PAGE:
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 Originally Posted by LuckyTran You need either a static pressure or a total pressure as a boundary condition. The question is, which one do you actually know? Unless you put a sensor at the window boundary, you'll never know what the static pressure is there. So not only do you not know what is the dynamic pressure there, you actually don't know the static pressure either (because you haven't measured it). The same goes for temperature. There's two things going on: 1) The velocity at ambient is zero because ambient is ambient. So if you stick a barometer into an ambient and try to measure any pressure, you simultaneously measure both static and total pressure because they are the same. Similarly, if you measure the temperature of ambient, you measure simultaneously both the static and total temperature because they are the same. So, if you tell me that you simply have or know the ambient pressure and temperature then (to me) there is no ambiguity as to which pressure and which temperature that corresponds to because static and total properties are the same for an ambient. 2) In the absence of work and heat transfer, the total pressure and total temperature between two points is the same for any flow (whether or not it is incompressible or compressible). So if I can draw a line between ambient and the window (and I can), then the total pressure and total pressure at the window is equal to the total pressure and total temperature at ambient. So, unlike the static pressure and temperature, I actually do know that the total pressure and temperature at the window is equal to the ambient pressure and temperature. This holds until you install a fan at the window or there is an elephant in the way. A bonus! Regardless of how much flow comes in/out through the window, the total pressure and temperature is the same ambient pressure and temperature. But the static pressure and temperature will change with flow and you have the measure these every time. You can generalize this to ambients with non-zero velocities (i.e. freestreams or any upstream conditions) and come to the same conclusions. And these reasonings are why every CFD solver asks for total pressure and total temperature at a pressure inlet.
Thanks for your detailed response, that definitely helps. I did have one final question: is the total pressure an absolute or a gauge pressure? I noticed that in Fluent, it does not say gauge, so I am assuming it is absolute?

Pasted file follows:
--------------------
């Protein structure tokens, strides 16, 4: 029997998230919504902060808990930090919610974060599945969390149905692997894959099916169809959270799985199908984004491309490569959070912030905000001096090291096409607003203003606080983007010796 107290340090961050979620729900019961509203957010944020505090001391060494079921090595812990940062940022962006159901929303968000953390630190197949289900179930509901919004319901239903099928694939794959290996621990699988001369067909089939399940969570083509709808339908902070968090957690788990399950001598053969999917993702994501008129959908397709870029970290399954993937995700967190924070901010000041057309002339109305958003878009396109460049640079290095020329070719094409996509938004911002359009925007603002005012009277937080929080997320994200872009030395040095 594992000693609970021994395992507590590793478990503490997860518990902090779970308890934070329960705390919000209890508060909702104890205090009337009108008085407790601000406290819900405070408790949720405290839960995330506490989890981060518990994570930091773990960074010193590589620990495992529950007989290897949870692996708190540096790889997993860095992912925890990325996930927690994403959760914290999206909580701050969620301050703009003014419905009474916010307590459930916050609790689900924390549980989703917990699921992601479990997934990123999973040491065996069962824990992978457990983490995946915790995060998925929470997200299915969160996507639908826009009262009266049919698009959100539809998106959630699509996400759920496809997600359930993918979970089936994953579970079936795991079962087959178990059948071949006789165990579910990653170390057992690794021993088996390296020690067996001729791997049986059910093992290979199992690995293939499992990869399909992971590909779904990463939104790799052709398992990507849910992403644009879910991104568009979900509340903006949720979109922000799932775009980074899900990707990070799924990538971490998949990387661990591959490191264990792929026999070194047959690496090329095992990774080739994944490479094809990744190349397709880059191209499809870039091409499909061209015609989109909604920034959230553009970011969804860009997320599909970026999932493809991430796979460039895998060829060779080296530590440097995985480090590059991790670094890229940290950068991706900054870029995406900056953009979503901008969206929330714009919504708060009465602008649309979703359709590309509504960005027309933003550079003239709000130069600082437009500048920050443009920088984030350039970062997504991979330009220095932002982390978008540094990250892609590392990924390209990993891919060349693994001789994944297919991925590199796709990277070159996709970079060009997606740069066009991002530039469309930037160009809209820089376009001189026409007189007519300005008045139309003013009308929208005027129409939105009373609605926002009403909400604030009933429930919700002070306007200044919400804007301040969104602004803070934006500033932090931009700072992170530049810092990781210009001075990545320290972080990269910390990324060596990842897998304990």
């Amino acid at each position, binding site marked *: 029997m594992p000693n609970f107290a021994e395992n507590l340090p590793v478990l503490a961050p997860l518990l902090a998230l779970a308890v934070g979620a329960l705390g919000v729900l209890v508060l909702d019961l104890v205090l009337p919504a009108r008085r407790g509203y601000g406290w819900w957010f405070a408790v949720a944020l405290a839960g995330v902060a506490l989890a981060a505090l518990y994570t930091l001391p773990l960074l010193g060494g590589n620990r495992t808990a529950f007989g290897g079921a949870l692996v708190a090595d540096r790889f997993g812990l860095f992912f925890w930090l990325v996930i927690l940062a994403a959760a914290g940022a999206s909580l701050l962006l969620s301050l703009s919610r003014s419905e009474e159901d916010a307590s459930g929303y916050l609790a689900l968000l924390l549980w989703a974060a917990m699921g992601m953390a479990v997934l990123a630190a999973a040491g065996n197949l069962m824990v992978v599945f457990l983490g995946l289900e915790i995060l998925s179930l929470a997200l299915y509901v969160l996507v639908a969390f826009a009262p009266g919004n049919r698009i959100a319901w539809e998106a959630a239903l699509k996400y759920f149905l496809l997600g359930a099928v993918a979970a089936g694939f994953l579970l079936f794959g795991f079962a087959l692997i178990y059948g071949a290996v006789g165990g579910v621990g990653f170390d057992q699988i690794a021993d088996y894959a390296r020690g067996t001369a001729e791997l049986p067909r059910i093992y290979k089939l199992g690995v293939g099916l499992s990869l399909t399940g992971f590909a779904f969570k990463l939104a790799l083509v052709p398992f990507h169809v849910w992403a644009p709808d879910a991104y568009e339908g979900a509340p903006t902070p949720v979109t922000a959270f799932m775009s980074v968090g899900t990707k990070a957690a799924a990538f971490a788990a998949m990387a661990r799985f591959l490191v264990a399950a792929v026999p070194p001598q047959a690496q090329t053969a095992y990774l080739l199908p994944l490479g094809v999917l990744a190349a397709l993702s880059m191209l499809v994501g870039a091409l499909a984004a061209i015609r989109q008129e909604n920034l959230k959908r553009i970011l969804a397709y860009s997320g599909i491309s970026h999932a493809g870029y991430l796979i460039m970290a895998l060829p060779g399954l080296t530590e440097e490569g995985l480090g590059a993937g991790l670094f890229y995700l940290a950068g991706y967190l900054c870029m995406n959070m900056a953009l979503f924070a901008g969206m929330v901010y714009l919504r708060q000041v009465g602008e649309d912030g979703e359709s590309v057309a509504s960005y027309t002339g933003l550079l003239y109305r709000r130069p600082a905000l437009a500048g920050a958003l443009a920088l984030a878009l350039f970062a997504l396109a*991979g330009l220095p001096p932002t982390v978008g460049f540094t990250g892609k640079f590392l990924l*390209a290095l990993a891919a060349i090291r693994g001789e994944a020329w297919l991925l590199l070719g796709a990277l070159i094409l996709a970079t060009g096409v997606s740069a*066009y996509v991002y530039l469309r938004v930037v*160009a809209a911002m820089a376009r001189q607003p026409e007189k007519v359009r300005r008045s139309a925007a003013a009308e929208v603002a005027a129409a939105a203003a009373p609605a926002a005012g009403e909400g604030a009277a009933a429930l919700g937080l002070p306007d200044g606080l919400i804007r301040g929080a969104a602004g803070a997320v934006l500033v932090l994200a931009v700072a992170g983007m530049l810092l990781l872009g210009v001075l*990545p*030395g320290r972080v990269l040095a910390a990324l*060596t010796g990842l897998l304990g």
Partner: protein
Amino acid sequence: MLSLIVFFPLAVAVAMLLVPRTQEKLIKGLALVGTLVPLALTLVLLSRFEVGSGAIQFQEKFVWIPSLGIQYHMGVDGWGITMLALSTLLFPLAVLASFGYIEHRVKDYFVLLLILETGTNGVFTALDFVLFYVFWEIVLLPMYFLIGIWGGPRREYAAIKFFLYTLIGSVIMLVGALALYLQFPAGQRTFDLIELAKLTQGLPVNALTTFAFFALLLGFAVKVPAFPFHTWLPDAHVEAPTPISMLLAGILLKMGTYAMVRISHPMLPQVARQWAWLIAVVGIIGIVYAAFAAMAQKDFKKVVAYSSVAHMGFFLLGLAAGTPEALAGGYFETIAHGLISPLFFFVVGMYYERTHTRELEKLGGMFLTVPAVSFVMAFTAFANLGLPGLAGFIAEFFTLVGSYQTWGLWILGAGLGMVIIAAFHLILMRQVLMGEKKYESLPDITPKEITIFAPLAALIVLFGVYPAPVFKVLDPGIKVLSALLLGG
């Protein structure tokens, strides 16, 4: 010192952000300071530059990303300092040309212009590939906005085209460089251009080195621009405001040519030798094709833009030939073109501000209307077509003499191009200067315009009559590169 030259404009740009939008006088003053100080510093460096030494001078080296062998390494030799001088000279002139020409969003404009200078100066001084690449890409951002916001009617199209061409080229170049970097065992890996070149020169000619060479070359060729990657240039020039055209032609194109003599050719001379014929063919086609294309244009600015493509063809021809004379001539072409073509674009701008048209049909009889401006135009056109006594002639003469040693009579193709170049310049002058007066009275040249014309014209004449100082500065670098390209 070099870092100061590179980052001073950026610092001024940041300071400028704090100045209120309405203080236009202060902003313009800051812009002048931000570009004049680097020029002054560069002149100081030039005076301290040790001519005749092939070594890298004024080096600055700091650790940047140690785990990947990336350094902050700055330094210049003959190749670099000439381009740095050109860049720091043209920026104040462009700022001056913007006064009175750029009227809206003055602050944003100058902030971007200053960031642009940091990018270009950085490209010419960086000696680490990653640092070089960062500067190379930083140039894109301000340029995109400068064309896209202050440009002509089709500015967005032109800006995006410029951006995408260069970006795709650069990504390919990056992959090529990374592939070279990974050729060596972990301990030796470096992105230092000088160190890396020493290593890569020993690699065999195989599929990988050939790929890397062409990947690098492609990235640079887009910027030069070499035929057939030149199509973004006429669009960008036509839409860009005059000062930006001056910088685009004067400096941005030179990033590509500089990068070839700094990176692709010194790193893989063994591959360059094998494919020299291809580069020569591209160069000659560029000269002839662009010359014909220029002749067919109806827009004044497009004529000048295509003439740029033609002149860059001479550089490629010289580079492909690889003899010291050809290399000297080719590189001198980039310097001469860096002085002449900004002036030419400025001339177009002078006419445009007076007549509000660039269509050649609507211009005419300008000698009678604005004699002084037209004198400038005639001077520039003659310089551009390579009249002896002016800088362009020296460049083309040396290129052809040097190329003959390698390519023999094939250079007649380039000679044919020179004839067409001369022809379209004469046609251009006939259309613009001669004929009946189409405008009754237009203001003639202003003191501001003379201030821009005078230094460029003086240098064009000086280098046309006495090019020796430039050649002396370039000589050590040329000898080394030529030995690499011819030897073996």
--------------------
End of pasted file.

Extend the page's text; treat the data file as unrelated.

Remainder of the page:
February 8, 2022, 18:09 #9 Senior Member   Lucky Join Date: Apr 2011 Location: Orlando, FL USA Posts: 5,703 Rep Power: 66 All pressures in Fluent are gauge

February 17, 2022, 06:55
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Quote:
 Originally Posted by LuckyTran All pressures in Fluent are gauge
I'm getting some strange results depending on how I set up the pressure inlets. See attached image, which shows an elevation (side) view of the room. The blue and red surfaces are described below. The green dotted surface is a porous screen, which represents a set of louvres. Since Fluent does not let me set a porous jump condition at an inlet, I had to extrude the domain slightly further out, which is what you see in the image.

Case 1: Blue and red surfaces set to pressure inlet with zero total pressure.
Case 2: Blue surface set to pressure inlet with zero total pressure. Red surfaces set to walls.

I get very different results for the temperature distribution within the room between the 2 cases. In particular, temperatures are several degrees higher in Case 1 than in Case 2. Once the flow is past the porous jump, it leads to ambient conditions via those blue/red surfaces, so I don't understand why it matters how I model the region beyond the porous screen, since everything beyond the porous screen just leads to ambient conditions anyway (hope I'm making sense here). If the two scenarios are distinctly different, could you help me understand which one is correct as well as why they're different?

If it helps, I found that for Case 1, a lot of the flow was just being diverted vertically straight down by entering from the upper red surface and exiting through the lower red surface. Not sure whether this matters or not.
Attached Images
 room.png (4.9 KB, 23 views)

 February 17, 2022, 08:42 #11 Senior Member   Sayan Bhattacharjee Join Date: Mar 2020 Posts: 495 Rep Power: 8 "blyatman" I don't have an answer for your question, but I just wanted to say I love your username.

February 28, 2022, 07:00
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 Originally Posted by aerosayan "blyatman" I don't have an answer for your question, but I just wanted to say I love your username.
Lol thanks!

 Tags boundary conditions, natural ventilation